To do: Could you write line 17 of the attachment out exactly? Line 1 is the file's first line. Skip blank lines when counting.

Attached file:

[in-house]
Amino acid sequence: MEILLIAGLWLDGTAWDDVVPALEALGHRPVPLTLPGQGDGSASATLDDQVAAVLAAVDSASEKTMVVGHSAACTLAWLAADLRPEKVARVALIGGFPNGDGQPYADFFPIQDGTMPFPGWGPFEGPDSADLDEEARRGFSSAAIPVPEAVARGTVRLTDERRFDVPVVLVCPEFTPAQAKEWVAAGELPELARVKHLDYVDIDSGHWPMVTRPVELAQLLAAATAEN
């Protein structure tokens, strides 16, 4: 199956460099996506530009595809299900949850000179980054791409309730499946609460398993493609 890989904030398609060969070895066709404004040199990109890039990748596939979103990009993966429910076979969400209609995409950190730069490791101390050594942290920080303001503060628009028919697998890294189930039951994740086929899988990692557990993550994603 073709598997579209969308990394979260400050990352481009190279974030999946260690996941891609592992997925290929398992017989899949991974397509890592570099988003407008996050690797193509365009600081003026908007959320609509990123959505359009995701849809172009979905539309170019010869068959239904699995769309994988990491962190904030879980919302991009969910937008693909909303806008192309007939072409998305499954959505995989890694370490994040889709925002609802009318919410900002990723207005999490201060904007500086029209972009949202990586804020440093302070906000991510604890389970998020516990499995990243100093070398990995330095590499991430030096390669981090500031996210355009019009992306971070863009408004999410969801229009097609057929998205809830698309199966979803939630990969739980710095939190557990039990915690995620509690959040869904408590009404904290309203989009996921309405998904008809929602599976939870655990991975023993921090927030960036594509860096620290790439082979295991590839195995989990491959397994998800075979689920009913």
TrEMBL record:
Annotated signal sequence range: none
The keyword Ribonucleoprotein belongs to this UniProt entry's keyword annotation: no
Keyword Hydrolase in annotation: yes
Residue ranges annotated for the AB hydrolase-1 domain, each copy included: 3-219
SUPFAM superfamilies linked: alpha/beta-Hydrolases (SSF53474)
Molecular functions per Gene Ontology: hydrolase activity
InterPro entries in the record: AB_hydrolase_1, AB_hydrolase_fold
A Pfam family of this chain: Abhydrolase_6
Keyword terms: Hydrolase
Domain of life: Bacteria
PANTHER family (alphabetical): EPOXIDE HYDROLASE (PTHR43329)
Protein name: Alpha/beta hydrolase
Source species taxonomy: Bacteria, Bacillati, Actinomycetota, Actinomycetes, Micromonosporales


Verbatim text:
Source species taxonomy: Bacteria, Bacillati, Actinomycetota, Actinomycetes, Micromonosporales